And so the kids in the church make professions. But many are not saved. And then later that starts showing up in behavior. The answer from leadership isn't conversion or methodology. The answer is parenting tactics. More spanking. Less television. More grounding. Big threats. Public embarrassment. Pushes to conform. But you can't get an unsaved person to act like a saved person. And if you do, he won't keep acting like a saved person. He can only maintain that act so long. Some drop out mid high school. Others in college. Some will even make it through college, as long as it's the same type of environment that forced them through to this point. And if they don't make it, it's probably because of either bad parenting or not supporting church authority. They didn't listen. If they'd listened, things would have worked out fine.
Could it be the unbiblical methodology? Could it be that something internal is being avoided due to methods that can only veer away from it? Shouldn't that be considered? Could it be that the parents should be trained in actual evangelism and discipleship instead of how to promote and market their way into a bigger bus attendance? I think these questions should be asked.
When I called this pastor in private about the above, he was gracious and receptive, no signs of anger. The next few Sundays, outside of my presence and in public, he was angry and mentioned the phone call in his sermons. He and his church were not going to stop loving these kids. That was what he got out of that part of my phone call---that I wanted him and his church to stop loving kids. But they wouldn't stop loving kids like they do! Circle the wagons! The private phone call attacking us has come!
A lot in the world that is called "loving kids" is actually hating kids. You don't love kids by using unbiblical methodology. You love them when you go and preach to them. If they want the gospel, they'll come. If they don't want it, they won't. That is what Jesus did. And He is love. He defines love. You don't love the people of your church more when you involve them in unbiblical methods. You love them when you teach and train them to live by faith. Living by faith is operating based upon what the Bible says. They see what it says and do it. It takes faith to go out and preach the gospel. It's foolishness to the lost. The lost don't think that a snocone and a kite and a rodeo and a carnival and a trip to the zoo and a bag of candy and a McDonald's hamburger are foolishness. When it isn't foolishness, it also isn't something that needs to operate by faith. You can do that by sight just fine.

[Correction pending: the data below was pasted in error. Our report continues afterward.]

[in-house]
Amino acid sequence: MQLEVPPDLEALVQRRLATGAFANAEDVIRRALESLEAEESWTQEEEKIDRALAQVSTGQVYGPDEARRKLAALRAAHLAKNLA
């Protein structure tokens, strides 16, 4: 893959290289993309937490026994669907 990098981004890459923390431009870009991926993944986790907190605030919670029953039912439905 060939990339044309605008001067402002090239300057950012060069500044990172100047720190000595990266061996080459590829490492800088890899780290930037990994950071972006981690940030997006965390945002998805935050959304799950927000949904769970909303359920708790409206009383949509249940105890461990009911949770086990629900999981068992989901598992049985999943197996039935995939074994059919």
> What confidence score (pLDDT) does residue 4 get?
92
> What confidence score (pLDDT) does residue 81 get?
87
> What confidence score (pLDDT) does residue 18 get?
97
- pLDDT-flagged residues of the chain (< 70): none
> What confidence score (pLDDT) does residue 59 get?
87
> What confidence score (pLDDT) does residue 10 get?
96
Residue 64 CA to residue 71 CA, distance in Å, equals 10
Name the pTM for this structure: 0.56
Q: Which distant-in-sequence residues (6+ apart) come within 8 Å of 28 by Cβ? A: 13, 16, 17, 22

There is a lot more that I would want to say, but you get what I'm talking about. This world is dumbing down love and churches are helping the world do it. People think they have a superior love, but it really is nothing more than sentimentalism. It makes the people doing it feel like its love and the people receiving it that they are being loved. But they are not. Love takes the hit. And since God is love, His attribute is diminished in people's minds as well. Love rejoices in the truth.